(406) 285-4753

PO Box 1103, Three Forks, MT 59752 

Lewis and Clark Historic Sites

Lewis Rock - From Fort Rock looking north across the Gallatin River stands what is now called "Lewis Rock." Lewis ascended this point to view and chart the rivers and surrounding country. He writes "ascended the point of a high limestone cliff from whence I commanded a most perfect view of the neighboring country" Lewis Rock is located outside the park boundary and is on private property.

The Parker Homestead consists of 1.67 acres and a typical sod-roofed pioneer building. It was built and lived in by Net and Rosa Parker in the early 1900s. In 1997, it was repaired by the Parks Division of the Fish, Game, and Wildlife with the aid of local citizens to prevent further structural decline. The homestead presents a rare opportunity for photographers and the artist with its sod-roofed log cabin nestled under a few large cottonwoods.

Fort Rock - As Lewis views the country, he notes "between the middle and SE fork, there is a handsome site for a fortification." This site is now called Fort Rock though a fort had never been established. Today, an excellent interpretive center and picnic area welcome travelers.

Lewis & Clark Encampment - The Corp of Discovery camped at this location from July 27-30, 1806. They stayed three days, Lewis' journal explains, "believing this to be and essential point in the geography of this western part of the continent I determined to remain at all events until obtained the necessary data for fixing its latitudes longitude & c."

Sacajawea Capture Site - Lewis writes, "Our present camp is precisely on the spot that the Snake Indians were encamped at the time the Mennetaree of the Knife R. first came in sight of them five years since. From hence they retreated about three miles up Jefferson's river and concealed themselves in the woods, the Mennetaree pursued, attacked them, killed 4 men, 4 women, a number of boys, and made prisoners of all the females and four boys, Sah-cah-gar-we-ah Indian woman was one of the female prisoners taken at that time; though cannot discover that she shows any inaction of sorrow in recollection this event, or of joy in being again restored to her native country' If she has enough to eat and a few trinkets to wear I believe she would be perfectly content anywhere."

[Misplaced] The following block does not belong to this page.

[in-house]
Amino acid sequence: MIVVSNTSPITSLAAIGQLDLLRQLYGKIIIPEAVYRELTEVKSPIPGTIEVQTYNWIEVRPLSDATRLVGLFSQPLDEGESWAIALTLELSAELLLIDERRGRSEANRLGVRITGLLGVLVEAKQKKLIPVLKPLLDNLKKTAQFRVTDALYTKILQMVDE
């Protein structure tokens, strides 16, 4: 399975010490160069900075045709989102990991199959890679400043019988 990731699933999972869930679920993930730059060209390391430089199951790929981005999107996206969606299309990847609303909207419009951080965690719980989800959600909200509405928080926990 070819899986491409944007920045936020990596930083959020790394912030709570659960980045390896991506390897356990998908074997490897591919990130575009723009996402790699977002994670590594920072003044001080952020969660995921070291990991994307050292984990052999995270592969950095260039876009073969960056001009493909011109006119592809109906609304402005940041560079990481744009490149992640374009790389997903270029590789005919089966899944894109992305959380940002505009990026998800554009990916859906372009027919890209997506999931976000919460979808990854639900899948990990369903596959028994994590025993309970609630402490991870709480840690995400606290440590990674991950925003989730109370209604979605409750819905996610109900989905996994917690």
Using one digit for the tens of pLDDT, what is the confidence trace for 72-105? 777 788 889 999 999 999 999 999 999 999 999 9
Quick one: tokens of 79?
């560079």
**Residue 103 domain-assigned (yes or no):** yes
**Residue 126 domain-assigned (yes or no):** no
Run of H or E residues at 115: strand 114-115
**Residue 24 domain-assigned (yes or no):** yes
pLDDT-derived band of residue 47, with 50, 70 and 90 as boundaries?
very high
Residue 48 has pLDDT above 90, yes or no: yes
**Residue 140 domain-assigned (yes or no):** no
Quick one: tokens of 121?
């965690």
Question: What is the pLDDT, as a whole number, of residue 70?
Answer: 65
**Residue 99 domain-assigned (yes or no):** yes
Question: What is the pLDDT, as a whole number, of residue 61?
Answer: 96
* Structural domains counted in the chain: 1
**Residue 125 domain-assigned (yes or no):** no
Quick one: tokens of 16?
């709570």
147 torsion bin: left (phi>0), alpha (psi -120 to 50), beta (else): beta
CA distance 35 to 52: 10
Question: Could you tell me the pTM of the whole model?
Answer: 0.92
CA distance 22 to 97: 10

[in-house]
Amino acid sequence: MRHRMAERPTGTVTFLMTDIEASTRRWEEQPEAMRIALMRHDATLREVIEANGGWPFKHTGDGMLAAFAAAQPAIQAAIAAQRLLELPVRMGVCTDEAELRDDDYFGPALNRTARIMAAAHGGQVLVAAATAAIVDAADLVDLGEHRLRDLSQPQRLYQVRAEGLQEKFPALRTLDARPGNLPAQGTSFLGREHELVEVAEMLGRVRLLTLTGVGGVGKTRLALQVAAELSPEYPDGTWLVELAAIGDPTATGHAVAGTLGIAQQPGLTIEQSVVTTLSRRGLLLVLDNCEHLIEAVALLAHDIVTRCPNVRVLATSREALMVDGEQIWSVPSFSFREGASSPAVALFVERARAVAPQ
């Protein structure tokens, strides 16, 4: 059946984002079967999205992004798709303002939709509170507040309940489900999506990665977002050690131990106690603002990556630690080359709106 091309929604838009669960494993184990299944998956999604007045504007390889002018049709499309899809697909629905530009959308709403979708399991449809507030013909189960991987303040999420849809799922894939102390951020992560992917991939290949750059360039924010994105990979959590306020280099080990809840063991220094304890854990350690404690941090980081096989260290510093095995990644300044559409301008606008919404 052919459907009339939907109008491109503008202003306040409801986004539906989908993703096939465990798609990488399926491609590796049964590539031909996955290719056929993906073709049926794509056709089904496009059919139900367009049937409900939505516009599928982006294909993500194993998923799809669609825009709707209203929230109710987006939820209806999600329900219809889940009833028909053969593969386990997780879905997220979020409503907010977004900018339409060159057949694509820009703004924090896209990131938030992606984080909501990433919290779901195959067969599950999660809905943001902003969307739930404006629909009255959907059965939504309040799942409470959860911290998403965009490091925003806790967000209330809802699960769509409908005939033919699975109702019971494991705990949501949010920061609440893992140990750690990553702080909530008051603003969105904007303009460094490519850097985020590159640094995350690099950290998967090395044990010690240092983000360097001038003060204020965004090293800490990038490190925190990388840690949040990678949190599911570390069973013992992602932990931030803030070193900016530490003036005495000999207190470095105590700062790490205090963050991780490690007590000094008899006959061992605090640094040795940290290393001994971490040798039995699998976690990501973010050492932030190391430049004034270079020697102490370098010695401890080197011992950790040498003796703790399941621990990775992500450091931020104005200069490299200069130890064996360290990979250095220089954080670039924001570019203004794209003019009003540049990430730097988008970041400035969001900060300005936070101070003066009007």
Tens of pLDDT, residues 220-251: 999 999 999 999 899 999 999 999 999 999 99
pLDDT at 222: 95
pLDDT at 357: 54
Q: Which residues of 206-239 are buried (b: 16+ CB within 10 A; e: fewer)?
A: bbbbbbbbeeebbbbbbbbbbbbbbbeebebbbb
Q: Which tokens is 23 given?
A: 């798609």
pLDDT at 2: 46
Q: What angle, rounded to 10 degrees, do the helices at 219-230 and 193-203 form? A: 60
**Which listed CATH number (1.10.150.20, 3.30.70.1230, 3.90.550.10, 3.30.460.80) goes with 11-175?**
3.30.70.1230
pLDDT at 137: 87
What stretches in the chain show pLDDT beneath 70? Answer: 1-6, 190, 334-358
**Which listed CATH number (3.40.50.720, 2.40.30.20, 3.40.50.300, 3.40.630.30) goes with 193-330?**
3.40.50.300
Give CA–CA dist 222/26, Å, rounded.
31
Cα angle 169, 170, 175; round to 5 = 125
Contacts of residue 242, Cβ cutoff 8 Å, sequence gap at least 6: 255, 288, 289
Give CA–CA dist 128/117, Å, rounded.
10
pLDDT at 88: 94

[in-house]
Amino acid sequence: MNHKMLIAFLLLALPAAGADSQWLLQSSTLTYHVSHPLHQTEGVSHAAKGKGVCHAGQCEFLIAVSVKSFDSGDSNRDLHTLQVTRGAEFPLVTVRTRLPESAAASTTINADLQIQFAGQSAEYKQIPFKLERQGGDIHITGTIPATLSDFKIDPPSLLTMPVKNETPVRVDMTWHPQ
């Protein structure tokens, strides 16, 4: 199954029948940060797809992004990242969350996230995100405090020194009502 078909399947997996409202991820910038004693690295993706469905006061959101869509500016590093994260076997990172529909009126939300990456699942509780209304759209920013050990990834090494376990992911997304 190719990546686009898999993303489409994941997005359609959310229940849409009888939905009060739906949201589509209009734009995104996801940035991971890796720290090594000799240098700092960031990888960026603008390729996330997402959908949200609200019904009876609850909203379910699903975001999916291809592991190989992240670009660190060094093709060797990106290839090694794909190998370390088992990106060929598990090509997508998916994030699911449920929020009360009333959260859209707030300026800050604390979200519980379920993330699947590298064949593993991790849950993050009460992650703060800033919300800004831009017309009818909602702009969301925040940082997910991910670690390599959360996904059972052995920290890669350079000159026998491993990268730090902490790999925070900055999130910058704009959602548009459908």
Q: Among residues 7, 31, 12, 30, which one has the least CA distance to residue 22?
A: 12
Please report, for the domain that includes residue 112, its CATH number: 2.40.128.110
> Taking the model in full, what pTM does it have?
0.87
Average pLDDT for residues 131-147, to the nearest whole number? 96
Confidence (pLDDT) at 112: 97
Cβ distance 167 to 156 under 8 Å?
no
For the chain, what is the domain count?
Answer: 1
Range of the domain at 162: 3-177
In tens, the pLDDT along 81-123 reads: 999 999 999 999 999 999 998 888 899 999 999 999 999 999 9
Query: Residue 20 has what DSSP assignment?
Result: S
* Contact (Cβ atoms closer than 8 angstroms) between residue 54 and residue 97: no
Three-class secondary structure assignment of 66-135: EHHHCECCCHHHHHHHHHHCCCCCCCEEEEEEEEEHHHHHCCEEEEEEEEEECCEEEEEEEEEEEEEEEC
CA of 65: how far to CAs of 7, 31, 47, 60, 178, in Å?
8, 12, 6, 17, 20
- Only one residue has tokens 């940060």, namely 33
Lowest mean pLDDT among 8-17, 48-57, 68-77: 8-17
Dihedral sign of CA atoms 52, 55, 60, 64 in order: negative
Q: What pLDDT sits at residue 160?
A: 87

Other Historic Areas

Headwaters Heritage Museum

Thousands of artifacts and memorabilia depicting the history of Three Forks and the Headwaters area (Willow Creek, Logan, Trident, Old Town, and Gallatin City), can be found in the Headwaters Heritage Museum. Among the many interesting displays on the main floor is an old anvil, all that remains of a fur trapper's trading post built in 1810. An exceptional collection of barbed wire is another exhibit. There is no charge to visit the museum. Membership, donations, memorials and gift-shop profit provide its funding. Books, souvenirs, postcards, and gifts are available in the gift shop. An all-volunteer staff keeps the museum open from June 1 through September 30 from 9 a.m. to 5 p.m. The museum is available year around by appointment. Call (406) 285-4778 for more information. 
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The Parker Homestead consists of 1.67 acres and a typical sod-roofed pioneer building. It was built and lived in by Net and Rosa Parker in the early 1900s. In 1997, it was repaired by the Parks Division of the Fish, Game, and Wildlife with the aid of local citizens to prevent further structural decline. The homestead presents a rare opportunity for photographers and the artist with its sod-roofed log cabin nestled under a few large cottonwoods.

A plaque explains the life of the Net Parker family's life on the homestead, as well as the later family of Orville Jewett. Well worth the visit for everyone interested in the early homestead life of Montana pioneers. The homestead is located just a few miles southwest of Three Forks on US Highway 287.


Gallatin City - In 1862, Gallatin City was built on the Missouri opposite the entrance of the Gallatin River. The Founders thought it would become the metropolis of the territory providing a ferry service for Missouri River traffic. It was later discovered that the great falls would be an insurmountable obstacle.

Gallatin City (2) - In 1863, Gallatin City was relocated because most of the wagon train and stage coach traffic was on the east side of the river. This second Gallatin City encountered brief prosperity with such amenities and a race track and fairgrounds. The Gallatin City Hotel is one of the only buildings that remains and is situated near the entrance of the park on the south side of the road.

Indian Cave - The headwaters was the meeting ground of various Native American tribes, such as the Blackfoot, Shoshone, and Crow. Faint pictographs are the only physical evidence of the tribes passing through; To view the Indian Cave, follow the trail parallel to the road south from the Fort Rock Interpretive Center.

Fort Henry (a.k.a. Fort Three Forks) - Five years after Lewis & Clarks's arrival at the Headwaters area, a fur post was established by Pierre Menard and Andrew Henry. The fort was occupied by 32 persons including John Colter and George Droulliard of the Lewis & Clark Expedition. The post lasted only five months due to constant attacks by Blackfeet Indians who were hostile to their presence. A blacksmith's anvil is the only remaining artifact of Fort Henry and is on display at the Headwaters Heritage Museum in Three Forks.

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